Do you have undiscovered value in your business? Intangible assets like intellectual property can make up a significant proportion of the value of a business, but can be hard to spot and are often hiding in plain sight. Furthermore, innovation can lurk in the seemingly mundane and is not always profound. This makes it hard for business owners to identify where value lies and to take appropriate steps to secure and exploit that hidden value.
Unidentified value can be easily lost, such as by natural staff turnover taking unrecorded know-how with them or by keen marketing departments publishing seemingly-mundane information which contains too much detail about your proprietary technology.
Without a process in place, such value can all too easily dissipate or go unnoticed. One method to avoid lost value is to ensure your business periodically conducts an intellectual property audit to identify where value lies in the business and to make a formal log of that value. In this way known and unknown intangible assets are identified, formalised, and reviewed so that an appropriate protection and exploitation strategy is deployed to capture that value for the business.
Identification involves looking at your business and determining how each employee or team contribute, their know-how, brand presentation, and innovations. The protection, policies, and processes you currently have in place are reviewed followed by each area of your business for unrecognised assets. During this review all levels of your business are educated to recognise and flag intangible assets to be secured and exploited as appropriate in future.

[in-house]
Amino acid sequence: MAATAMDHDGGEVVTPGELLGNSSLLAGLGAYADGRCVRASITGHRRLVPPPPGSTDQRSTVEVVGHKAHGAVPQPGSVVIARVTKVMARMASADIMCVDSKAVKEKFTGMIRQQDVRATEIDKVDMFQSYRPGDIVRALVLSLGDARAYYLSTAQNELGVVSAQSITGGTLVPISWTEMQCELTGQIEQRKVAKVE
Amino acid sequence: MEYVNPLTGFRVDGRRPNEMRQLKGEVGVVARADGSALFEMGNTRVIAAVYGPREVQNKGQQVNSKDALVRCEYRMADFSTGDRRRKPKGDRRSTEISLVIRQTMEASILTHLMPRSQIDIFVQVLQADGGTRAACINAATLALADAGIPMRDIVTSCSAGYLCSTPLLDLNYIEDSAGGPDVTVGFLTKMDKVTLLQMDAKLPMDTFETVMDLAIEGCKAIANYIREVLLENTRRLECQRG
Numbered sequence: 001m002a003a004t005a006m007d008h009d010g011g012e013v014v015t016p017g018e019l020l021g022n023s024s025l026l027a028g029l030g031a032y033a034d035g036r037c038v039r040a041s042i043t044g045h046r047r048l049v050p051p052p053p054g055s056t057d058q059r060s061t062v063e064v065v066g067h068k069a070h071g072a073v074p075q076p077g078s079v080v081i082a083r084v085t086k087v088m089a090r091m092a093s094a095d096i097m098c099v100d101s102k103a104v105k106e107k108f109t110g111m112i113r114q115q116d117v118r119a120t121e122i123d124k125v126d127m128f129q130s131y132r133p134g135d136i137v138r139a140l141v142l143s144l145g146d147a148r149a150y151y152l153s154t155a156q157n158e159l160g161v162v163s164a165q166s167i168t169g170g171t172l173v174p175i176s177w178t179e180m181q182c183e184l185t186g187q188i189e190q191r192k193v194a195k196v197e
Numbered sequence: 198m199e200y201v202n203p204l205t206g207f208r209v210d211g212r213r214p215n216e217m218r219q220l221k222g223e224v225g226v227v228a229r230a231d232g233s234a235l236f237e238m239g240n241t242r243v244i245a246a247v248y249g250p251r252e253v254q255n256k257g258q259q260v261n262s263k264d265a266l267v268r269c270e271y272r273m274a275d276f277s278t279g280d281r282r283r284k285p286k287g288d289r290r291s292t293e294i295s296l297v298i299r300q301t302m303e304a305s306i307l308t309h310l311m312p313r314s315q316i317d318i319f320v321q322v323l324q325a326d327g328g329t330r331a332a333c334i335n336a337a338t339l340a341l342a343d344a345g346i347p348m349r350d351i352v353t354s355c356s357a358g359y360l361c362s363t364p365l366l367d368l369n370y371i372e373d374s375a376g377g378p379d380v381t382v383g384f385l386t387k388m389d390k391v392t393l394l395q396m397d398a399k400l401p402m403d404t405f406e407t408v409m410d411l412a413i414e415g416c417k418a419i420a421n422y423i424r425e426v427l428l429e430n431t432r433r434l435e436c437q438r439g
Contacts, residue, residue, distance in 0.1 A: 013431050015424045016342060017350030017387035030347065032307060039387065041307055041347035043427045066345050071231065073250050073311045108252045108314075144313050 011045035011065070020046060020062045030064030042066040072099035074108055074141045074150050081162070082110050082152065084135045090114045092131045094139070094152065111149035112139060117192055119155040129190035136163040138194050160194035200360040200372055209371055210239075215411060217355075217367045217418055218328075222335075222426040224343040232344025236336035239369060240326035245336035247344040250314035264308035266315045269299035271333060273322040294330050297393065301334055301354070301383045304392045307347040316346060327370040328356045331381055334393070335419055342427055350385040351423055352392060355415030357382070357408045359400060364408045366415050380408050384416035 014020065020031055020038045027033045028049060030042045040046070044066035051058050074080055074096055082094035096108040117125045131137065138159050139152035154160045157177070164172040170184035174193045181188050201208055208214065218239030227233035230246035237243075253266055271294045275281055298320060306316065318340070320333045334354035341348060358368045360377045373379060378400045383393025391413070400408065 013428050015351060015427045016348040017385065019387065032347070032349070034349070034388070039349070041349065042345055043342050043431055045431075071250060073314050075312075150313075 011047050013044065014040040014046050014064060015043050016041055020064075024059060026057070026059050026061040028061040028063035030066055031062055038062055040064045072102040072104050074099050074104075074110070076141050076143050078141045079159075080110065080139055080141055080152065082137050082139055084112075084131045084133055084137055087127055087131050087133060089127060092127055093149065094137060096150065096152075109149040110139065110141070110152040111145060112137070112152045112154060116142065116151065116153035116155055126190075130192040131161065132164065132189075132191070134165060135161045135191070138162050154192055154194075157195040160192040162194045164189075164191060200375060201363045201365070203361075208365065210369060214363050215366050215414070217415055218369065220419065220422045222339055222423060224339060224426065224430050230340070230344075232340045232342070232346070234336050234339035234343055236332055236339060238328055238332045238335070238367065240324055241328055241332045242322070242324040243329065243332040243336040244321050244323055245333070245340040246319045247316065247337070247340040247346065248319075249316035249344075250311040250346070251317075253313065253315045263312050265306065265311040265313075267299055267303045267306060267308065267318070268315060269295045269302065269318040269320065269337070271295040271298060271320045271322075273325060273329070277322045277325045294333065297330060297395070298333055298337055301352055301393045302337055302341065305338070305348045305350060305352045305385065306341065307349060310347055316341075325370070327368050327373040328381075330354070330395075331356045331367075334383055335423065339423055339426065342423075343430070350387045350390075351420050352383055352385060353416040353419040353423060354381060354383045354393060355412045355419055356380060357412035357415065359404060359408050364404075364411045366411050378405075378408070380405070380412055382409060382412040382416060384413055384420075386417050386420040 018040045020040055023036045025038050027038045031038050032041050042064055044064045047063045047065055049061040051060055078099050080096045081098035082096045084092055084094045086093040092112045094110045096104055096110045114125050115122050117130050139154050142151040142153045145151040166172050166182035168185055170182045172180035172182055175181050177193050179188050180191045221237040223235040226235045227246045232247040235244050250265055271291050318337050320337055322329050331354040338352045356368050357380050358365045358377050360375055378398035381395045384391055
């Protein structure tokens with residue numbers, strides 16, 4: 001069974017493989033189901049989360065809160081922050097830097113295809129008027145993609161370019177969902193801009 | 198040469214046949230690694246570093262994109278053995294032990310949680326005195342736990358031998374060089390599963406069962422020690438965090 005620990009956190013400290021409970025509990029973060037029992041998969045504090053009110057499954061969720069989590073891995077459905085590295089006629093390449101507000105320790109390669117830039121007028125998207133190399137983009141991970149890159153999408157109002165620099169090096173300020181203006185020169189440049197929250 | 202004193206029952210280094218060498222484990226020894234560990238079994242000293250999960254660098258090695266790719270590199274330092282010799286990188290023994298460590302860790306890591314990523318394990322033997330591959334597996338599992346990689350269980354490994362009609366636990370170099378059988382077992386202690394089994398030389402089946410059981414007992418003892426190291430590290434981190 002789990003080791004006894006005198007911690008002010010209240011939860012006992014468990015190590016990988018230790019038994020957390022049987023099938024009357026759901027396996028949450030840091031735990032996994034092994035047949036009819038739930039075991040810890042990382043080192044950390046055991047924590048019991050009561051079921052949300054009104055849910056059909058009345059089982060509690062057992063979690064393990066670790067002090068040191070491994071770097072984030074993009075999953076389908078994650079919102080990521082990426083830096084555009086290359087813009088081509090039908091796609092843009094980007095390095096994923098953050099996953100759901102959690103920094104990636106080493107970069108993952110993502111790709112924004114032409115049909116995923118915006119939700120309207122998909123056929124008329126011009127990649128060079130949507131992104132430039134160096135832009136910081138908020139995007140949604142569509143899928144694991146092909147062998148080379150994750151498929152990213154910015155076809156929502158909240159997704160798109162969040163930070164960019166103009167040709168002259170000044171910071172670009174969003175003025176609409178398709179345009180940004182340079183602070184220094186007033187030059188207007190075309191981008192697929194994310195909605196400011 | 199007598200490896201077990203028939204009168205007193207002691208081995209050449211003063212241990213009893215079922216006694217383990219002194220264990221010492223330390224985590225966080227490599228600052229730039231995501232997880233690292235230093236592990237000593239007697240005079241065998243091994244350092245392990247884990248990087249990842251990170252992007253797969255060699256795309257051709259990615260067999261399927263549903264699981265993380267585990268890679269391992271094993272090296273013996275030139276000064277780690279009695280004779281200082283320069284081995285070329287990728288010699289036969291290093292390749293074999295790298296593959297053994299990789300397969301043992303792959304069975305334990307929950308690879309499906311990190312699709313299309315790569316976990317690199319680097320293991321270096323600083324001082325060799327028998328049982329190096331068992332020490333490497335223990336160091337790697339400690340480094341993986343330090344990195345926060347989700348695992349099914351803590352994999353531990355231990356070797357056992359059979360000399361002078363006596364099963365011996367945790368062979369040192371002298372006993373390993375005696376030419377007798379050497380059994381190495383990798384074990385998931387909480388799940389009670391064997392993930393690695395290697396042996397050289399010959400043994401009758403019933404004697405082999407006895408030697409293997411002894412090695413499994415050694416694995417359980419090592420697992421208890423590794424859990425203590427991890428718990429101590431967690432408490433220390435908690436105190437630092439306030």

Once identified, the assets are catalogued. This list includes formal IP, such as registered patents, trade marks, designs, and copyright publications. Unregistered intellectual property is logged and formalised creating a formal record of that previously hidden value, such as written records of know-how and brand culture.
Once value is identified and formalised, decisions on exploitation can be made. Each item can be ranked and exploited proportionately to the benefit provided by that value. For example, patenting only the technology significant enough to warrant the patent costs and that you don't mind others using when your patent expires, or identifying informal know-how that should not be disclosed to a competitor if a staff member leaves. Expensive to maintain registered intellectual property rights can be reviewed to make sure they are working and adding value for your business.
An IP Audit is a useful tool to ensure your intangible assets are identified and put to work. The UK Government is currently offering significant IP Audit funding for eligible businesses through the IP Audit Plus scheme, and following a successful audit, potentially an IP Access grant which can be used for the creation, and management, of IP assets.
So, if you are unsure, or have not recently reviewed where the value lies within your enterprise an IP Audit is a great place to start.
Source : " Nexus, University of Leeds. "